A cholera outbreak

The following story is based upon real life accounts which appeared in the Scarborough Daily Post in 1920 as part of the 'Sea Dogs' stories by Forrest Frank. This story was told by Captain John Helm Gibson.

The Wydale arrived from New Orleans at Hamburg when the great cholera epidemic of 1891 was at its height. The deaths from this terribly sudden disease averaged moderate proportion of the victims died in their homes.

The majority were stricken down in the streets and picked up by bands of soldiers and police, and trundled away to the hospitals, permanent and temporary, which were taxed for accommodation to their utmost limits. We moored in the sailing ship harbour, and received orders from the British Consul that none of the crew were to be allowed onshore under heavy penalties.

The crews of the ships on either side of us were attacked by the disease, but we providentially had no cases, though we were there during the greater part of August and the early part of September.

I had with me a steward, a very old man, who had been steward years before in some of the old country wallahs - English ships bought in their old age by Hindoos and used for running cargoes of coolies from the East to Mauritius, for use on the sugar plantations.

It was no uncommon thing for cholera to break out in one of these old old packets under such circumstances, and for two or three hundred out of a company of five of six hundred men to die on the passage. They were awful sinks, and I remember when I was at Mauritius in the "Choice" one of these country wallahs putting in with a loss of two hundred out of five hundred coolies.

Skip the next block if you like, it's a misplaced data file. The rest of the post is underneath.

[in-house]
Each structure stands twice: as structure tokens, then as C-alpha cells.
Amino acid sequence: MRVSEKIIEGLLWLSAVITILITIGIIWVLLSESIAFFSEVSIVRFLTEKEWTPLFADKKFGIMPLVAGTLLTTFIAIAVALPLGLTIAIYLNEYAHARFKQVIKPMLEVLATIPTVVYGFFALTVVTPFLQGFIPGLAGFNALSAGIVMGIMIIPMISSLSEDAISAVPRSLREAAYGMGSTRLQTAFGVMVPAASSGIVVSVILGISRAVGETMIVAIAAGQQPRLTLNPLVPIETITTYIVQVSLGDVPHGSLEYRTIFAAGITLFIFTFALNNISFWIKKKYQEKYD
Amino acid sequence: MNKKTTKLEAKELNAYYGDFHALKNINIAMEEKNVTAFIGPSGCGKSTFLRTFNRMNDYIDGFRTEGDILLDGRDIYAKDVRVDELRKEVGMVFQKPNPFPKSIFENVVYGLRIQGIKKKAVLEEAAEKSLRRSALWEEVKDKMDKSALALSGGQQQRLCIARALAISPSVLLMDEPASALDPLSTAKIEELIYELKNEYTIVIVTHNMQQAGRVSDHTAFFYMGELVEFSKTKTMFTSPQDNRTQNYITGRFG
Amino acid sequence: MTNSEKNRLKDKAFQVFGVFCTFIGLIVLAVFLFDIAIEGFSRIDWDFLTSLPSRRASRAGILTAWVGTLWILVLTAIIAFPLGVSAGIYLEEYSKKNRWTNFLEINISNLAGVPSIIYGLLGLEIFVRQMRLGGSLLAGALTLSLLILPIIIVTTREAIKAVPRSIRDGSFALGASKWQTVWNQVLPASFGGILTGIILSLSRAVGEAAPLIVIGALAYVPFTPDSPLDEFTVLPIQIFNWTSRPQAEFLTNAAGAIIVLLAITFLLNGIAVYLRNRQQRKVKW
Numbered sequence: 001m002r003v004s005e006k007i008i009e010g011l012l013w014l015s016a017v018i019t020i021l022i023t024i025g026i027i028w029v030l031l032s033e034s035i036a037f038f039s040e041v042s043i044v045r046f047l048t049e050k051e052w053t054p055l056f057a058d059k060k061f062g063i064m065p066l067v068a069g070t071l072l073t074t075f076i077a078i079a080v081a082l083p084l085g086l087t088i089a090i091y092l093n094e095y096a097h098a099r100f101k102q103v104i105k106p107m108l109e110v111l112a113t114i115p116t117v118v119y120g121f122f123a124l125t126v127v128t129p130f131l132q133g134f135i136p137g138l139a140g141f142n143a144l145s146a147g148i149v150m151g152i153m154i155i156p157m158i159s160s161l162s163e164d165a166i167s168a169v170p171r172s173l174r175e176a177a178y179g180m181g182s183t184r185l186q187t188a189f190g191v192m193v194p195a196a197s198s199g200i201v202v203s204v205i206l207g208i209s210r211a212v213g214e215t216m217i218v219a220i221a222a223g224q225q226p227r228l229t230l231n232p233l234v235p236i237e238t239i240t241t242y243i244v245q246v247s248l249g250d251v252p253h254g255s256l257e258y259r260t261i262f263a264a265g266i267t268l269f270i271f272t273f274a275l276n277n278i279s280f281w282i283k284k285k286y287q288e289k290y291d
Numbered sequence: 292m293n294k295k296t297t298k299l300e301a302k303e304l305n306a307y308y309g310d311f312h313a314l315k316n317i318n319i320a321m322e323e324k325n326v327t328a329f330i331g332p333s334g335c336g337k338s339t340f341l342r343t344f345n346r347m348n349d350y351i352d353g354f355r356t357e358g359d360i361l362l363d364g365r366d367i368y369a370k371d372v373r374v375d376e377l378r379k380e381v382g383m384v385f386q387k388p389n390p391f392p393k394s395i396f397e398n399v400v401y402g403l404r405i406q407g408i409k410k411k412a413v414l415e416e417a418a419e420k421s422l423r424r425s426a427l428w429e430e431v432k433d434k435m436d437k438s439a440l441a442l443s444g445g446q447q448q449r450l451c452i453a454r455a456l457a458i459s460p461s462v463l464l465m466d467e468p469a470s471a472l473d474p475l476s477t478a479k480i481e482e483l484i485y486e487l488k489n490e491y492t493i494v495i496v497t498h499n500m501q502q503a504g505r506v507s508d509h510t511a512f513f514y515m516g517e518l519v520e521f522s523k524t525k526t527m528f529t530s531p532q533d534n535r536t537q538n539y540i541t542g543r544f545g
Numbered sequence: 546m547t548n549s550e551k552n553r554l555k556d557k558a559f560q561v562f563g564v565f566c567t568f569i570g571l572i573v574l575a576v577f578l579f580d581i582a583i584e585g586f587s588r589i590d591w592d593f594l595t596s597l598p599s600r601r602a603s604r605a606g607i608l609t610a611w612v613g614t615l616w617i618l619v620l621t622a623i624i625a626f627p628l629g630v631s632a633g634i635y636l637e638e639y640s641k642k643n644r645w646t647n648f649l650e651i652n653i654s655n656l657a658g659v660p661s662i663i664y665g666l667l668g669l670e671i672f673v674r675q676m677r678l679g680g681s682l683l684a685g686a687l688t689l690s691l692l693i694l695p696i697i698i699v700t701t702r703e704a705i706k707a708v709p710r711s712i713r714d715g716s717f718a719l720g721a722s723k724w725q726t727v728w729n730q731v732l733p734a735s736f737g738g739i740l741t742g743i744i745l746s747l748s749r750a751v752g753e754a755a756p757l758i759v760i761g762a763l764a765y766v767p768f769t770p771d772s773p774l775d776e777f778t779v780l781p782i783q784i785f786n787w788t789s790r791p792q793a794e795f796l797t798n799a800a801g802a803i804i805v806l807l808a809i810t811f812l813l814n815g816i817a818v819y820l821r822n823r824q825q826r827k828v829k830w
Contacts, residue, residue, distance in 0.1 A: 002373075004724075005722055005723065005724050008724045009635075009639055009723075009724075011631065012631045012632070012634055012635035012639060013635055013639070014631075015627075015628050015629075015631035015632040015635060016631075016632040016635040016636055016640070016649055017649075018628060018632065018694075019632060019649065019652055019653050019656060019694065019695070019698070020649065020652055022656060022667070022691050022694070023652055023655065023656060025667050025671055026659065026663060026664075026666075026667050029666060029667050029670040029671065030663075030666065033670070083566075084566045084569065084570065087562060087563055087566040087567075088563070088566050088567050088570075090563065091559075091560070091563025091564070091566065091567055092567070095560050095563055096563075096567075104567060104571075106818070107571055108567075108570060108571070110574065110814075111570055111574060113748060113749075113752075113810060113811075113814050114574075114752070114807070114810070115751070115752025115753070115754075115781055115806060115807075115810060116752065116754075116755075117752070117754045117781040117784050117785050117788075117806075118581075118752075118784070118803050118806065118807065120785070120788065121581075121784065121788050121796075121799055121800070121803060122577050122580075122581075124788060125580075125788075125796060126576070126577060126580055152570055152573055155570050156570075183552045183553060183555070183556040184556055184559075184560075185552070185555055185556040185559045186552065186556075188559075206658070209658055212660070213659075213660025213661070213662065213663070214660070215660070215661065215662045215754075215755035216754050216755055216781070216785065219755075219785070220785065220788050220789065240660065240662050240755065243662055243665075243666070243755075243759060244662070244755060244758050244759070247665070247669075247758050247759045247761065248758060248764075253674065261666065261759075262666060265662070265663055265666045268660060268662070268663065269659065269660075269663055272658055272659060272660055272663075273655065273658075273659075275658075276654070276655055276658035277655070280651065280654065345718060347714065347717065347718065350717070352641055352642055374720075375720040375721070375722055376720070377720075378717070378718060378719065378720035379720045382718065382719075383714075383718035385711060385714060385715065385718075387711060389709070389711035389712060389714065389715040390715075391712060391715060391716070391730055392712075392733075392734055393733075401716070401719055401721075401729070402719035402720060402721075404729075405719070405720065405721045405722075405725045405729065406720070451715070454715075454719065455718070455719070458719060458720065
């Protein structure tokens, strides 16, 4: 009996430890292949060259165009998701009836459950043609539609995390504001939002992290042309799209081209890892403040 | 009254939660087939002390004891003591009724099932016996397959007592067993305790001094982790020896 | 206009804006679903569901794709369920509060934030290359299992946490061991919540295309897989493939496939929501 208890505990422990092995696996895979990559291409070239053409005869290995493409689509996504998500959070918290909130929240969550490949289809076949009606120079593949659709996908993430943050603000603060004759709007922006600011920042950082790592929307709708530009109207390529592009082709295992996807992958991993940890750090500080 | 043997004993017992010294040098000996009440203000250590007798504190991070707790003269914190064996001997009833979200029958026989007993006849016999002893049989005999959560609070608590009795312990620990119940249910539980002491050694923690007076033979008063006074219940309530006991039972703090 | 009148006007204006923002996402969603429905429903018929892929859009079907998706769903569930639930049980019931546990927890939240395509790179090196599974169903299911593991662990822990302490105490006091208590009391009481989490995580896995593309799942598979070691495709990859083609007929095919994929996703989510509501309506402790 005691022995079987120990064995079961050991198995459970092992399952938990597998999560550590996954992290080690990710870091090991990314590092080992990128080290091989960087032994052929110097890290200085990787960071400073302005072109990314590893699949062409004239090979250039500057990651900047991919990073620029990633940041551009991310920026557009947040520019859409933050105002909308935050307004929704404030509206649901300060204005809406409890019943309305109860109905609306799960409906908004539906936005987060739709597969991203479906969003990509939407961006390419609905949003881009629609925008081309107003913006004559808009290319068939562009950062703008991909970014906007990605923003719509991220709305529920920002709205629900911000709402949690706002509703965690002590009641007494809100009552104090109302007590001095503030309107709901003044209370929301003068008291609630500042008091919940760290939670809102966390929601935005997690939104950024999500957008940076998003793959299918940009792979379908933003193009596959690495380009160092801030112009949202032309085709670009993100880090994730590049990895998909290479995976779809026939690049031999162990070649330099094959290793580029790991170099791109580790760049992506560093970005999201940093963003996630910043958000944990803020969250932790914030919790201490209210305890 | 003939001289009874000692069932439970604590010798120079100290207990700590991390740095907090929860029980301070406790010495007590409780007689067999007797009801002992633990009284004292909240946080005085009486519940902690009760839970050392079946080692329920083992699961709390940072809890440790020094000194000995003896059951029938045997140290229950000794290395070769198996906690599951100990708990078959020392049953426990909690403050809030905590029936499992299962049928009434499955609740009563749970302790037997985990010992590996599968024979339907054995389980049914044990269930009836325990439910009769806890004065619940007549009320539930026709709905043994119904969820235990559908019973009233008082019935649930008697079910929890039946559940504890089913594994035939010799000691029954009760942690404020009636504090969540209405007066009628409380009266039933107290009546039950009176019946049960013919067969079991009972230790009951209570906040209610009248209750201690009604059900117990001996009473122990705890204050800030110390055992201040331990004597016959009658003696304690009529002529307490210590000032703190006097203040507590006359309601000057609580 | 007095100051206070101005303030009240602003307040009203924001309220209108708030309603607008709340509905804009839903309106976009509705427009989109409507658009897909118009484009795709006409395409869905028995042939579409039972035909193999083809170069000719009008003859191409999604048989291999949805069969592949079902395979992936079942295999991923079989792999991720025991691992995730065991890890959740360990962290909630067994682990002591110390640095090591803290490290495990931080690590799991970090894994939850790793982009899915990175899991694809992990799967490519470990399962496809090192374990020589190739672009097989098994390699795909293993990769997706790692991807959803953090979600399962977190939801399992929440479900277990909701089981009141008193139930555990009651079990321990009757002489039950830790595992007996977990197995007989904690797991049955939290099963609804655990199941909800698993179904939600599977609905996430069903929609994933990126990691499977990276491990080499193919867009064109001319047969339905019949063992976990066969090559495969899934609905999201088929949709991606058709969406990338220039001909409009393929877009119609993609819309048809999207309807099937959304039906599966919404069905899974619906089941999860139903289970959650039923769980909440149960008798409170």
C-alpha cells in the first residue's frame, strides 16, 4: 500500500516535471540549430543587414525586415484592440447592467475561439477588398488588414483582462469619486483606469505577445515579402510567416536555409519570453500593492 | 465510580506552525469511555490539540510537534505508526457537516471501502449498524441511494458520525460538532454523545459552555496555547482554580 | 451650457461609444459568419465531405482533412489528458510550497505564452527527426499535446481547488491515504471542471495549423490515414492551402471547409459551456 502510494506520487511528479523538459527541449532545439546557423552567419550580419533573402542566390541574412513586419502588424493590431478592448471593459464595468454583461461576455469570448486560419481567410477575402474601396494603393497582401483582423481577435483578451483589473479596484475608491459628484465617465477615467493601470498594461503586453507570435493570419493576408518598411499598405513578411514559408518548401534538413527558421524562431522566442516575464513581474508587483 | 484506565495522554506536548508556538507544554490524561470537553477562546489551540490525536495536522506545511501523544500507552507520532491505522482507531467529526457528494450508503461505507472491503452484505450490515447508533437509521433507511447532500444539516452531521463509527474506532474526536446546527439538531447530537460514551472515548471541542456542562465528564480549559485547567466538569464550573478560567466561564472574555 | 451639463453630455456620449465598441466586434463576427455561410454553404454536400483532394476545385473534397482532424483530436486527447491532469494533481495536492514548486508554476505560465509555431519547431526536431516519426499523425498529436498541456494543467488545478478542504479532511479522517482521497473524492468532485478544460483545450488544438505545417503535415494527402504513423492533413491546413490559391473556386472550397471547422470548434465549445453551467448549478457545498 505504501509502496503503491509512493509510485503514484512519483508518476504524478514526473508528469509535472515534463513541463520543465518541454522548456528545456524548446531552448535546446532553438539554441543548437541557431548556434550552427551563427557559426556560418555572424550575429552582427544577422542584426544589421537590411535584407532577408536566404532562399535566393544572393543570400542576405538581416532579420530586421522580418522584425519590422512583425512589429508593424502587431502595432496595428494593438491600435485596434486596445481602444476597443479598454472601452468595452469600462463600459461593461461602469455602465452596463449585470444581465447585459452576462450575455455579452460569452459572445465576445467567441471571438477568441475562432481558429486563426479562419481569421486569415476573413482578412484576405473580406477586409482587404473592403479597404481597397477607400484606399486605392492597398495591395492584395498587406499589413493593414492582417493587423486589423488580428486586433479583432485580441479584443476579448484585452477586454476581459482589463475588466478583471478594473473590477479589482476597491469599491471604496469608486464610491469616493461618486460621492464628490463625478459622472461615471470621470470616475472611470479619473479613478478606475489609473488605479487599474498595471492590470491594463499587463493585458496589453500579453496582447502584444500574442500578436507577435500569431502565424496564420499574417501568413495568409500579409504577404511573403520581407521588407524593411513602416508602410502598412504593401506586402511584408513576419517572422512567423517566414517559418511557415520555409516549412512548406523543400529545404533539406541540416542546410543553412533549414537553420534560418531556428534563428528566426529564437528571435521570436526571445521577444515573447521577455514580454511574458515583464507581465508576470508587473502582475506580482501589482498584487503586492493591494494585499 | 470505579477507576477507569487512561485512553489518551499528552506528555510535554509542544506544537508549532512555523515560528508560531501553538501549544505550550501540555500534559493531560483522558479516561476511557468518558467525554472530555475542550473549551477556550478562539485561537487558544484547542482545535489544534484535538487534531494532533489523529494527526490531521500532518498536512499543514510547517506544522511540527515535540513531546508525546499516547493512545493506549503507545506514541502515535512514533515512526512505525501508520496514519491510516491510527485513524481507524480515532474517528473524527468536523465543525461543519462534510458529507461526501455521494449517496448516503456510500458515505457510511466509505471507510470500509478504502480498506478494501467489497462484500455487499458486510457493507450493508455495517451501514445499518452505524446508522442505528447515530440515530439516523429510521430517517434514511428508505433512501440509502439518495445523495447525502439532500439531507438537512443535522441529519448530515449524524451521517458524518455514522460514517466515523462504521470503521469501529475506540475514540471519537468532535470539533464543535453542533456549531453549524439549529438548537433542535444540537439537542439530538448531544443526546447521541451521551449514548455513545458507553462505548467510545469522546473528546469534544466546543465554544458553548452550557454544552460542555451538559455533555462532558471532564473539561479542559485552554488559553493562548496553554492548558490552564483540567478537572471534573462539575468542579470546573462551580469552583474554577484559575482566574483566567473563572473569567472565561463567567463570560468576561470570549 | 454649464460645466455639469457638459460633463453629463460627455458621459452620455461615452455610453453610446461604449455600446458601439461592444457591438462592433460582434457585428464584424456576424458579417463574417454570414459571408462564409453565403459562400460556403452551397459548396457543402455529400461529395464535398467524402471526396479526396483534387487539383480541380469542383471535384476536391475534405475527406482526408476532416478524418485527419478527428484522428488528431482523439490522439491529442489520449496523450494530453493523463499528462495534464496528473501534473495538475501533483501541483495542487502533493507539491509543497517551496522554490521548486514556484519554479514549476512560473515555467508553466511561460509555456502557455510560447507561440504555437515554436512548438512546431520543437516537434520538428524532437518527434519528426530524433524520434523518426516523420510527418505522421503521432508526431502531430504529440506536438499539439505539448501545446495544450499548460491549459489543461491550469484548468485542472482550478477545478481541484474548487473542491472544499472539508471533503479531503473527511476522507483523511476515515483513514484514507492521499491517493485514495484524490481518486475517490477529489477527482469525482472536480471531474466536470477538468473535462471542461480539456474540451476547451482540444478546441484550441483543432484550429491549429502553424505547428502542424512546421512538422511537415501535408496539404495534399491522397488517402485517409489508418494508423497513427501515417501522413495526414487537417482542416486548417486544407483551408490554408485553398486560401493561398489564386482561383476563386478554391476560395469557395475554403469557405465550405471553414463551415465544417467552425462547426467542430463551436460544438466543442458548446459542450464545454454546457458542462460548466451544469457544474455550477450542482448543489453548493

Well, this old steward of mine had sailed in some of these decrepit horrors, and held to it like the gospel that the only sure preventative was to carry a phial of Laudanum and put a couple of drops into everything one drank, and moreover always, except when eating or sleeping , to keep a cigar in one's mouth.

I followed his advice, and had no occasion to regret it. Though the crew were compulsorily confined to the ship, there were occasions when the master was compelled to go ashore to interview the authorities and the merchants, and on one of these occasions half a dozen other British masters and myself dined together with our agent.

The consumption of beer had beer had been prohibited by the authorities, but spirits were allowed , and a very fine old brandy was put on the table. I was never one for taking much in the way of spirit, and took very little of the brandy, but another Captain, who likewise was almost a stranger to van de vie, was overcome immediately we got outside, and fell in the street.

As we were picking him up, a party of soldiers rushed up, and, despite our protests that the man was all right, hoisted him into a cart and drove him off to the cholera hospital. There was a lot of trouble before he could be got out again, but the most marvellous thing was that, having been where he had been, he escaped the cholera.

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